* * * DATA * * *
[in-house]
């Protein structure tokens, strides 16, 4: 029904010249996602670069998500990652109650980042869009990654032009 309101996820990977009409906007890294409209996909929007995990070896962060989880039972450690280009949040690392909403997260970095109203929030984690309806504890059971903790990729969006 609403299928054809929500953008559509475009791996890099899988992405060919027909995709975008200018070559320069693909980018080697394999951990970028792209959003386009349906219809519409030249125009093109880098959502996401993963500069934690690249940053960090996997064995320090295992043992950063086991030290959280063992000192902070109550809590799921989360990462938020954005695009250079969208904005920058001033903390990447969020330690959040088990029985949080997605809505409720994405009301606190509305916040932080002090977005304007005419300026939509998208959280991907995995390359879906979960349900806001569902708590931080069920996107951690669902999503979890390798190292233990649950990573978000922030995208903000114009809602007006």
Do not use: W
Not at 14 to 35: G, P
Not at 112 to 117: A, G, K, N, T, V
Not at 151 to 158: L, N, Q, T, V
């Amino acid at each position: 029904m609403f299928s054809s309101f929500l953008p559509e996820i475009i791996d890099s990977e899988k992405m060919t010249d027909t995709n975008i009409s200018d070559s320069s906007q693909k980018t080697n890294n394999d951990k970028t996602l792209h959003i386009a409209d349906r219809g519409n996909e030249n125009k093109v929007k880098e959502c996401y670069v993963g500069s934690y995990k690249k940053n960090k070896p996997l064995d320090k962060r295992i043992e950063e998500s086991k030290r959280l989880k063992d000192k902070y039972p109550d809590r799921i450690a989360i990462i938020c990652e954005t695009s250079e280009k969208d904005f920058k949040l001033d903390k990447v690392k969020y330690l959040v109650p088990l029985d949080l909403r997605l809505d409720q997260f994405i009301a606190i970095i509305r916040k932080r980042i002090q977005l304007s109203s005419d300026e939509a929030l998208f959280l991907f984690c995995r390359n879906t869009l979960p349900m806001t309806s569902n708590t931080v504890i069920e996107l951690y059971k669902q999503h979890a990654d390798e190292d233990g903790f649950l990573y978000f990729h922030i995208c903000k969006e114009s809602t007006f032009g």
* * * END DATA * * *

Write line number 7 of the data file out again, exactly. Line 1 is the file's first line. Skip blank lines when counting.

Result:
């Amino acid at each position: 029904m609403f299928s054809s309101f929500l953008p559509e996820i475009i791996d890099s990977e899988k992405m060919t010249d027909t995709n975008i009409s200018d070559s320069s906007q693909k980018t080697n890294n394999d951990k970028t996602l792209h959003i386009a409209d349906r219809g519409n996909e030249n125009k093109v929007k880098e959502c996401y670069v993963g500069s934690y995990k690249k940053n960090k070896p996997l064995d320090k962060r295992i043992e950063e998500s086991k030290r959280l989880k063992d000192k902070y039972p109550d809590r799921i450690a989360i990462i938020c990652e954005t695009s250079e280009k969208d904005f920058k949040l001033d903390k990447v690392k969020y330690l959040v109650p088990l029985d949080l909403r997605l809505d409720q997260f994405i009301a606190i970095i509305r916040k932080r980042i002090q977005l304007s109203s005419d300026e939509a929030l998208f959280l991907f984690c995995r390359n879906t869009l979960p349900m806001t309806s569902n708590t931080v504890i069920e996107l951690y059971k669902q999503h979890a990654d390798e190292d233990g903790f649950l990573y978000f990729h922030i995208c903000k969006e114009s809602t007006f032009g």